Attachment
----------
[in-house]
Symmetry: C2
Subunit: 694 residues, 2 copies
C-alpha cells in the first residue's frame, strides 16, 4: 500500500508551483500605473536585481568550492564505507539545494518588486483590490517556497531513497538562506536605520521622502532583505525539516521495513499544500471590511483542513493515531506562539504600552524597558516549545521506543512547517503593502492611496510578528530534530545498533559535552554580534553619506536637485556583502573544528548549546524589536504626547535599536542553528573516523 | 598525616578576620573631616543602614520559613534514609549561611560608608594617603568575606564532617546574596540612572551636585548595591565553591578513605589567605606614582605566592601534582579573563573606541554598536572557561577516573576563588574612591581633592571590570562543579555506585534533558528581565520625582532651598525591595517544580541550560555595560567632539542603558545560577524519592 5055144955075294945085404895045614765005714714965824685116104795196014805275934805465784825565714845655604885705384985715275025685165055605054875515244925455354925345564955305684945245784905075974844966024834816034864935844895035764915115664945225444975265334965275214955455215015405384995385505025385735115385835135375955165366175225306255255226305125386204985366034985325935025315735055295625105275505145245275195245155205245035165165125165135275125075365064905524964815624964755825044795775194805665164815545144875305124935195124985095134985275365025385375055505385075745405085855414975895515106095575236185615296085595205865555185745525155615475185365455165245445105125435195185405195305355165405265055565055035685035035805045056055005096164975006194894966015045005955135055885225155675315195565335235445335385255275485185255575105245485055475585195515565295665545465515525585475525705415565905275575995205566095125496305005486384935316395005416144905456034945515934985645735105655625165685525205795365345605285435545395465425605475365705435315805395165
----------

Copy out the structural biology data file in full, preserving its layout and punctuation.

[in-house]
Symmetry: C2
Subunit: 694 residues, 2 copies
C-alpha cells in the first residue's frame, strides 16, 4: 500500500508551483500605473536585481568550492564505507539545494518588486483590490517556497531513497538562506536605520521622502532583505525539516521495513499544500471590511483542513493515531506562539504600552524597558516549545521506543512547517503593502492611496510578528530534530545498533559535552554580534553619506536637485556583502573544528548549546524589536504626547535599536542553528573516523 | 598525616578576620573631616543602614520559613534514609549561611560608608594617603568575606564532617546574596540612572551636585548595591565553591578513605589567605606614582605566592601534582579573563573606541554598536572557561577516573576563588574612591581633592571590570562543579555506585534533558528581565520625582532651598525591595517544580541550560555595560567632539542603558545560577524519592 5055144955075294945085404895045614765005714714965824685116104795196014805275934805465784825565714845655604885705384985715275025685165055605054875515244925455354925345564955305684945245784905075974844966024834816034864935844895035764915115664945225444975265334965275214955455215015405384995385505025385735115385835135375955165366175225306255255226305125386204985366034985325935025315735055295625105275505145245275195245155205245035165165125165135275125075365064905524964815624964755825044795775194805665164815545144875305124935195124985095134985275365025385375055505385075745405085855414975895515106095575236185615296085595205865555185745525155615475185365455165245445105125435195185405195305355165405265055565055035685035035805045056055005096164975006194894966015045005955135055885225155675315195565335235445335385255275485185255575105245485055475585195515565295665545465515525585475525705415565905275575995205566095125496305005486384935316395005416144905456034945515934985645735105655625165685525205795365345605285435545395465425605475365705435315805395165